As I acquire more information and get more involved in this busy world, I need more tools to keep track of my diverse activities. Topical folders and specialized titling have long been my organizational technique, but the volume and scope of my data has exceeded my ability to keep everything straight. In a word, I need help!
A new program from Gravity Applications called Tags had provided me with an innovative way to get back in control of my computer’s contents. This company points out that every day we deal with thousands of documents, emails, photos, contacts, videos, web links and others. The rigid file/folder structure on a computer, designed to mimic the real world physical equivalent, is no longer efficient. While specific applications exist to manage, sort, find and consume specific file types such as iTunes for music, iPhoto for photos, Mail for emails, and Safari for the web, what has been lacking is a comprehensive way to associate different types of files to one another in an intuitive way, without creating duplicates.
Tagging is a superior way to associate files to one another by using keywords, rather than rigid folders. You can tag files and folders in the finder, emails in Mail, photos in iPhoto, bookmarks in Safari and much more, directly from within the application. Files of different types can be associated to one another with ease and without creating duplicates. Just imagine always finding all the files you need instantaneously, and finally being well-organized again!
The concept is simple . . . just assign a keyword(s) to any file that will be used later to gather associated information. The assignment technique is simple, from within the document you are working on, just press control-spacebar (or whatever you assign) to bring up a “tag box”, type in your keyword (or select it from favorites or recently used, and close the box (click the circle-x in upper left corner). If the file(s) has already been created, then go to the desktop, press control-spacebar, then drag-and-drop your selected file(s) into the tag box, and assign a keyword. You can do this with folders as well as pictures in iPhoto, songs in iTunes, messages in Mail, and others.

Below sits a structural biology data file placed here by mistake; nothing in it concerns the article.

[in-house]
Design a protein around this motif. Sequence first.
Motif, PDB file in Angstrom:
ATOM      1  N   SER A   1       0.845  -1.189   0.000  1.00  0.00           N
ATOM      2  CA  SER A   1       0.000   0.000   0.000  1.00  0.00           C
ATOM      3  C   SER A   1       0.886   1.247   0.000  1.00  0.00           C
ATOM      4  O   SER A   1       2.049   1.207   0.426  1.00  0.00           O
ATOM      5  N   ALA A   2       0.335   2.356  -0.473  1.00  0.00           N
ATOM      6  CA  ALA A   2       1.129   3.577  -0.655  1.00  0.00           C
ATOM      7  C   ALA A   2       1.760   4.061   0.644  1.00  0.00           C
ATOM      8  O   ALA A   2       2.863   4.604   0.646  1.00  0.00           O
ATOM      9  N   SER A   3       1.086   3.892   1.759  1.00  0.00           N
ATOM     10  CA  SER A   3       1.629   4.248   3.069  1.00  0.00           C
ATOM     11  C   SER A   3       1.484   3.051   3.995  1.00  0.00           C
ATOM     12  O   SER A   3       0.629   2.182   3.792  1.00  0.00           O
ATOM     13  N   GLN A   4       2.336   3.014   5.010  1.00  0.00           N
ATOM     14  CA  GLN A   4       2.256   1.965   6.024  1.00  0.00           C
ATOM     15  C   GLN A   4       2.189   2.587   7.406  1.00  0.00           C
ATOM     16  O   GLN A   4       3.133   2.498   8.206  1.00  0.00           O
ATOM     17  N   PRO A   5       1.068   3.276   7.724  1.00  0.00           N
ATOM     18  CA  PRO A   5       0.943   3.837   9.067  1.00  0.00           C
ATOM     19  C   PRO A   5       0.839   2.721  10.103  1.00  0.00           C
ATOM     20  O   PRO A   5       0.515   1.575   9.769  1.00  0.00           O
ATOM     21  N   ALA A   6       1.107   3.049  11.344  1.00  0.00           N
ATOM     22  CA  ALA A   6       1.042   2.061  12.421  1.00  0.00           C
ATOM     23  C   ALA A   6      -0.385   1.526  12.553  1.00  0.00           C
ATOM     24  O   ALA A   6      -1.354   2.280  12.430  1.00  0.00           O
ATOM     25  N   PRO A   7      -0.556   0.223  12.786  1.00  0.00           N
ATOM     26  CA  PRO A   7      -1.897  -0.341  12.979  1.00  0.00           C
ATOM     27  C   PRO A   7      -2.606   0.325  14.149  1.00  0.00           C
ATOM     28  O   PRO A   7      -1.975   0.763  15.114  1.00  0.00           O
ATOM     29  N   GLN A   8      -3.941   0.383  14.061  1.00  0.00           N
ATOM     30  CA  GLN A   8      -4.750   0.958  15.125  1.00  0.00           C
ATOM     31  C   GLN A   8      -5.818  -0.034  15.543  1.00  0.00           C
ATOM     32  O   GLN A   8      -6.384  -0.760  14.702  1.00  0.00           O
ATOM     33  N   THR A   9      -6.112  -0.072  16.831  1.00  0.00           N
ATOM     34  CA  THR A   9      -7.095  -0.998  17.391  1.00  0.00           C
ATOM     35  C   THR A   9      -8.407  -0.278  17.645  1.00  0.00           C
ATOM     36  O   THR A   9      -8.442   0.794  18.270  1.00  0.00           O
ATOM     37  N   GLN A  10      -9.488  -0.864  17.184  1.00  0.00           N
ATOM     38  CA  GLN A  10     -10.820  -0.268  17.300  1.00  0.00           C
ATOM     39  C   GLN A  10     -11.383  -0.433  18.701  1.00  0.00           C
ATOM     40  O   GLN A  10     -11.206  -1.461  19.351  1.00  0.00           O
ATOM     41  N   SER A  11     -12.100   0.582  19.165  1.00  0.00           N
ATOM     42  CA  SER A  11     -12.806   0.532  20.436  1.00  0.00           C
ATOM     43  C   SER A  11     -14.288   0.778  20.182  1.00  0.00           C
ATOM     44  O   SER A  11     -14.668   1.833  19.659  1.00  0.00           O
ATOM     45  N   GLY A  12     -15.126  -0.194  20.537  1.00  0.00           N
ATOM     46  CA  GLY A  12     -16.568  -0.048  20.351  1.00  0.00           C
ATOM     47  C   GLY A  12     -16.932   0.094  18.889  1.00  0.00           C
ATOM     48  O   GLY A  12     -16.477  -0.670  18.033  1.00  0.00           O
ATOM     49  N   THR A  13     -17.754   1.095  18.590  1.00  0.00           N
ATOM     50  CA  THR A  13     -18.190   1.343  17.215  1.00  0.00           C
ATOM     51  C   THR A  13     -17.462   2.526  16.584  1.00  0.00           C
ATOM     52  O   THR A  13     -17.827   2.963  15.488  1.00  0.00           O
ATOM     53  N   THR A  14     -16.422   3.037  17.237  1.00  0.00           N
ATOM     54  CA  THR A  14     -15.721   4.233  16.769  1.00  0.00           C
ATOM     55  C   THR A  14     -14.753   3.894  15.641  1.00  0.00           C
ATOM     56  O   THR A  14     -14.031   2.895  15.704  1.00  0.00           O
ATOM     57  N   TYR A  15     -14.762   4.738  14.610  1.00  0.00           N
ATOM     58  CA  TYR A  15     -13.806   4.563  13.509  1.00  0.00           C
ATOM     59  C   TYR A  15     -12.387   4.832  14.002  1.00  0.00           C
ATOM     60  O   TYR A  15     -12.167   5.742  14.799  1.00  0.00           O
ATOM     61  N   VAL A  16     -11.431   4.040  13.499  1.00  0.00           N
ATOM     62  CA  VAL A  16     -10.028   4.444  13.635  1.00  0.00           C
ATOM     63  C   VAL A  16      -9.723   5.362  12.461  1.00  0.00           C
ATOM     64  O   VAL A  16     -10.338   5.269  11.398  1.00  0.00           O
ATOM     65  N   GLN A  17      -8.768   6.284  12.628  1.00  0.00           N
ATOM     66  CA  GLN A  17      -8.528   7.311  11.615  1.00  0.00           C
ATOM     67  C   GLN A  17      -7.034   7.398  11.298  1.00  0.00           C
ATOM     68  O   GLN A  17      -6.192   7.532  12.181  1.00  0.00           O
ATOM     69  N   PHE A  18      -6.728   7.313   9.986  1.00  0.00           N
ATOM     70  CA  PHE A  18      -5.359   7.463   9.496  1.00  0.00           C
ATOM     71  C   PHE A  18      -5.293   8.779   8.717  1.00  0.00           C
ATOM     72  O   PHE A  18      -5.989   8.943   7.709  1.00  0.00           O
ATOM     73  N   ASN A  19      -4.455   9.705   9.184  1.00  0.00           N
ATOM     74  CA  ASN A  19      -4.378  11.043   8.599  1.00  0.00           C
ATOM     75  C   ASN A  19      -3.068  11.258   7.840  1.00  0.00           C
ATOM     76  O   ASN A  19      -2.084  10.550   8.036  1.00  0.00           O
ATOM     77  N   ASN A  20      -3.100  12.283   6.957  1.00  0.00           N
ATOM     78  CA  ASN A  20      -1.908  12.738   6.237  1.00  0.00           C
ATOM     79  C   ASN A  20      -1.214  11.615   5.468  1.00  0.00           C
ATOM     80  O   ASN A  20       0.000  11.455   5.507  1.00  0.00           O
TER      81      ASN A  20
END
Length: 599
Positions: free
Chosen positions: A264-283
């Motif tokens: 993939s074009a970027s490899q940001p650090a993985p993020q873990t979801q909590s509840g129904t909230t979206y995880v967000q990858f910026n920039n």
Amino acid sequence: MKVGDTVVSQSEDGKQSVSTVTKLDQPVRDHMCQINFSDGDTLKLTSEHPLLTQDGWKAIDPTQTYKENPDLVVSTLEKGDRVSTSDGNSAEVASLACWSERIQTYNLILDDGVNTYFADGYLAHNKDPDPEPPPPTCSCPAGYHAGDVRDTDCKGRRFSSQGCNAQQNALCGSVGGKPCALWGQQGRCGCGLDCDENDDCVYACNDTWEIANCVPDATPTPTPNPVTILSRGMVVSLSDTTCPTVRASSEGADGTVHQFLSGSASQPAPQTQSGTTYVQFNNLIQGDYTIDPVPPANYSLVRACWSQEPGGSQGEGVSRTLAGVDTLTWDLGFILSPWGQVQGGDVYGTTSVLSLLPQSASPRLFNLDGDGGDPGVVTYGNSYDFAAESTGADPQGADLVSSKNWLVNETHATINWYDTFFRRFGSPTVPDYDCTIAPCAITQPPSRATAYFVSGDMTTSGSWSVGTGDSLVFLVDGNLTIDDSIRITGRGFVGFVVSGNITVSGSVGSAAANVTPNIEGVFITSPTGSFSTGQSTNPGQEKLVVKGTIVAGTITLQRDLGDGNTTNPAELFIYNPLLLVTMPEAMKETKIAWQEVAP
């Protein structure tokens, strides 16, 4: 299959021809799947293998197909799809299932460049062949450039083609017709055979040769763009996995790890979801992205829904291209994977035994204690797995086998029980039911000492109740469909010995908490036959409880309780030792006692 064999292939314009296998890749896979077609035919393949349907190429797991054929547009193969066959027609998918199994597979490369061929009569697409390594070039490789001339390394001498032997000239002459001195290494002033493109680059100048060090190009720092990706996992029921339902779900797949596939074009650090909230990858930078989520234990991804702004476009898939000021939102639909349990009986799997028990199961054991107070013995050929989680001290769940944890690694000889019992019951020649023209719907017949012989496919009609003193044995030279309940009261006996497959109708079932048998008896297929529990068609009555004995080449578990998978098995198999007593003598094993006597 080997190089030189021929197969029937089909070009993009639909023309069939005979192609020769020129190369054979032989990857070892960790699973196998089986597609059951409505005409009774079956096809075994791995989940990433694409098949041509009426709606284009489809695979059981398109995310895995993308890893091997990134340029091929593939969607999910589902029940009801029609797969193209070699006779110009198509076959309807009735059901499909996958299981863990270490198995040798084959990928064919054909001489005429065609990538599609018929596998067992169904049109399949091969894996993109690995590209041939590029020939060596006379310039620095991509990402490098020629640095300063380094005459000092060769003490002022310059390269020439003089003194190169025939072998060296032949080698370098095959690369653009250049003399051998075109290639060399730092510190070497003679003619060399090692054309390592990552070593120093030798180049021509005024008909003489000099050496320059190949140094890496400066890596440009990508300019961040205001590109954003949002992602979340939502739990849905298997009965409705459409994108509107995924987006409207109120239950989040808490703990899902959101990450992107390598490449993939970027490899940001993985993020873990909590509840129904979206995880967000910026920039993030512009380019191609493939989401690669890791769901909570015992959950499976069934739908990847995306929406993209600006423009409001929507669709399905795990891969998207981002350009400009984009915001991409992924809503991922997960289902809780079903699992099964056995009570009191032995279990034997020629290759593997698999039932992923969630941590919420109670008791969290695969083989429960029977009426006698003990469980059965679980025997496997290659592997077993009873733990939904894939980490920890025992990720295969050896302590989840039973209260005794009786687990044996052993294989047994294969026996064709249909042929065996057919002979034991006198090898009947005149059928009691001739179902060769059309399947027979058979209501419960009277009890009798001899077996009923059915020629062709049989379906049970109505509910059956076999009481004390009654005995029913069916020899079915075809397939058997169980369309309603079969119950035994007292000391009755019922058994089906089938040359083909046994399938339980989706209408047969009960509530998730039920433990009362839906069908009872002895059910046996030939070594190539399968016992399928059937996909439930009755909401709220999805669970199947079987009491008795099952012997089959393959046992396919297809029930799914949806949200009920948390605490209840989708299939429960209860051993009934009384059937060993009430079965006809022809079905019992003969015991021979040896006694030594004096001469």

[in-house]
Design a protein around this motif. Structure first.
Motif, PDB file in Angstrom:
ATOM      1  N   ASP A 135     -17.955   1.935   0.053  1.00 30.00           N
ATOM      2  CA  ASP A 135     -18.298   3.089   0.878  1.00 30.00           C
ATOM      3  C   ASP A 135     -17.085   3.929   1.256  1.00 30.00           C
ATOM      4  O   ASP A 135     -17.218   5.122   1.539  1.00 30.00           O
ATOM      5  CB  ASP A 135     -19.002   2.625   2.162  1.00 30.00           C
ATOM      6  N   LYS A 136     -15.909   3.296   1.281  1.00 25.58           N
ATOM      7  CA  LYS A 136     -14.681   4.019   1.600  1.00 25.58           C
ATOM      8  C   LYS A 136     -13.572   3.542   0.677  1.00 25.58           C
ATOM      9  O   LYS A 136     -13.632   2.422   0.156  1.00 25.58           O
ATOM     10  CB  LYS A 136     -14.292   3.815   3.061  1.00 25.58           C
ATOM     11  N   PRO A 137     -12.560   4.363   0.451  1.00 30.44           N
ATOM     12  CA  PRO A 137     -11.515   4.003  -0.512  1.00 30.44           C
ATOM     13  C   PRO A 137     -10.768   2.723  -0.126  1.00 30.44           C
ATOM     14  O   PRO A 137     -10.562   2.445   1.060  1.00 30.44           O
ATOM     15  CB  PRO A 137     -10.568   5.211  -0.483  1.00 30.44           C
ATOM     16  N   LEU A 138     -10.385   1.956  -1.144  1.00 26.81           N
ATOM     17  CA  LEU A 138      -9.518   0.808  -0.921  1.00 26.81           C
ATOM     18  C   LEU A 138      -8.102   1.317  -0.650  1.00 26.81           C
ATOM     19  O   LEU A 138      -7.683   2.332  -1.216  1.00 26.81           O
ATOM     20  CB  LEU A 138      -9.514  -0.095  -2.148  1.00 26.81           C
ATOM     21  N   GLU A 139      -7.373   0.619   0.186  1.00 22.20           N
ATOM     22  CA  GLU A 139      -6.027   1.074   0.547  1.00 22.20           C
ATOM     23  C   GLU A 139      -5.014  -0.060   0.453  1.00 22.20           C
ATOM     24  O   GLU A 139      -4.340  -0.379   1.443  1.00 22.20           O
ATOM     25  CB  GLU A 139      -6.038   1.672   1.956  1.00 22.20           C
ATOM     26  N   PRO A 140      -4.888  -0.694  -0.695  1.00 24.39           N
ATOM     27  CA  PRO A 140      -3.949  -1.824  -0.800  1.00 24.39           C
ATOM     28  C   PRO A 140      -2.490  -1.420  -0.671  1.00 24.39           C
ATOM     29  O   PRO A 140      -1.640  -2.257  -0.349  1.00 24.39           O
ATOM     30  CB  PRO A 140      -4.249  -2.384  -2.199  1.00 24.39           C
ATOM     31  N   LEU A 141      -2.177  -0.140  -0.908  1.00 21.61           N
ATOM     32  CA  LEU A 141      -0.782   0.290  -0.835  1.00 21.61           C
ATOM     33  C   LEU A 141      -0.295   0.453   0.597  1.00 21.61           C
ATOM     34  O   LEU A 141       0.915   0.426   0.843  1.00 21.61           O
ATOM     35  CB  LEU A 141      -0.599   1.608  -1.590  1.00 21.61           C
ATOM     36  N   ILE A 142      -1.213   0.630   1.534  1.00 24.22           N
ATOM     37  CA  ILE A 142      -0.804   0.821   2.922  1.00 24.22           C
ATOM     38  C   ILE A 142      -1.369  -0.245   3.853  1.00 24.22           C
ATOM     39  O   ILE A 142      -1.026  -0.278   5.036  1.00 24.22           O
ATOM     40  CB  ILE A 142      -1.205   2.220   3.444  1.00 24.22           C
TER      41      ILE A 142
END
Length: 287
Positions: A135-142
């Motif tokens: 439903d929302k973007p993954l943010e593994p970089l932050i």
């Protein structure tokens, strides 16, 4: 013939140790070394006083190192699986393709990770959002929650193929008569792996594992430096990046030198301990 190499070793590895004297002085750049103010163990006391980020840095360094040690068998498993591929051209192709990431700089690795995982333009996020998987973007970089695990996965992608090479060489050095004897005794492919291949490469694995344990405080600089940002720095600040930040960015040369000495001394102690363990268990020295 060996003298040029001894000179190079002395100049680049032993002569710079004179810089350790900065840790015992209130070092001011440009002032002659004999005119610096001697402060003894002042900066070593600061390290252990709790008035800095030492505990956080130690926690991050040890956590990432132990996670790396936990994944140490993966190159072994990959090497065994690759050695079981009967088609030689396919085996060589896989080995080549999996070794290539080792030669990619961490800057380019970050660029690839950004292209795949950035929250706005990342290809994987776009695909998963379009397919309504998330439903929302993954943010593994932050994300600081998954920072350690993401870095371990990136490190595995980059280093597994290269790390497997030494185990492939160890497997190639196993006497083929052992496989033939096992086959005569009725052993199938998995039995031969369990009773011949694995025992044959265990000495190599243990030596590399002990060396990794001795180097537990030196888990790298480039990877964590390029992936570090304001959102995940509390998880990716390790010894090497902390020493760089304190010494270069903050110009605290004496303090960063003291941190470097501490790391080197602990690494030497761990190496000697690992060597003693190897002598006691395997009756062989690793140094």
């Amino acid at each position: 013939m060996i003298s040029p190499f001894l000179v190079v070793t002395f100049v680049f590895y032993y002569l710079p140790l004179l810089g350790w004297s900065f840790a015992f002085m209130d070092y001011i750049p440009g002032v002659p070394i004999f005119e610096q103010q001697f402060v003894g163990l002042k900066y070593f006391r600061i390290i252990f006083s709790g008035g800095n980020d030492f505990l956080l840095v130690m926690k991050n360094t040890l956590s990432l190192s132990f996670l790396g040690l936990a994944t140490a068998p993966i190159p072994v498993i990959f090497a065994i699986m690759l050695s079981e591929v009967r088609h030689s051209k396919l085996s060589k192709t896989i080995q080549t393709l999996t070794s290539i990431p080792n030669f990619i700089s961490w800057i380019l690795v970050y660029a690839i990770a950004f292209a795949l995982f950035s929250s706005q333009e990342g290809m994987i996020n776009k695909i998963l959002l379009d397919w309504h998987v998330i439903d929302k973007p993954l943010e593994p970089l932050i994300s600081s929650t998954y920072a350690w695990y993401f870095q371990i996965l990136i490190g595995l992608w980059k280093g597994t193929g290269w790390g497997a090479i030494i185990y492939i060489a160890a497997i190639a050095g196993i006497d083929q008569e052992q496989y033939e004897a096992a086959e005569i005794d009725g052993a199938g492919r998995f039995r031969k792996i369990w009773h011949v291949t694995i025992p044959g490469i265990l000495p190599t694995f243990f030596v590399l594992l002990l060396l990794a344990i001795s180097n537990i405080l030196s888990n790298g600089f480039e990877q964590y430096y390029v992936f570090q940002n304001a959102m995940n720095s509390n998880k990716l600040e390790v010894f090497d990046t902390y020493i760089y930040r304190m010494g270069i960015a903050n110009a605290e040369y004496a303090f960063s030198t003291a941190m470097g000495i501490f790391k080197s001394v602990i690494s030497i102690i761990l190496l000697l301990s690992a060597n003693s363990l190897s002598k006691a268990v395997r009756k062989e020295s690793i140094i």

Retrieval of associated (by keyword) items is done by simply pressing option-spacebar, which pops up the Search box, then enter the keyword for which you want to review files, and, presto, they all appear in a neat vertical drop-down list. This is as easy (and powerful) as using Spotlight (command-spacebar) with the added benefit of having an associated topic.
You can get more information from http://www.gravityapps.com/ and buy a Single License (one machine) for $29, or a Family License (up to 4 machines in a single household) for $49. This is a terrific concept that has empowered a new level of organization for me. Do you need a better tool to control your computer information?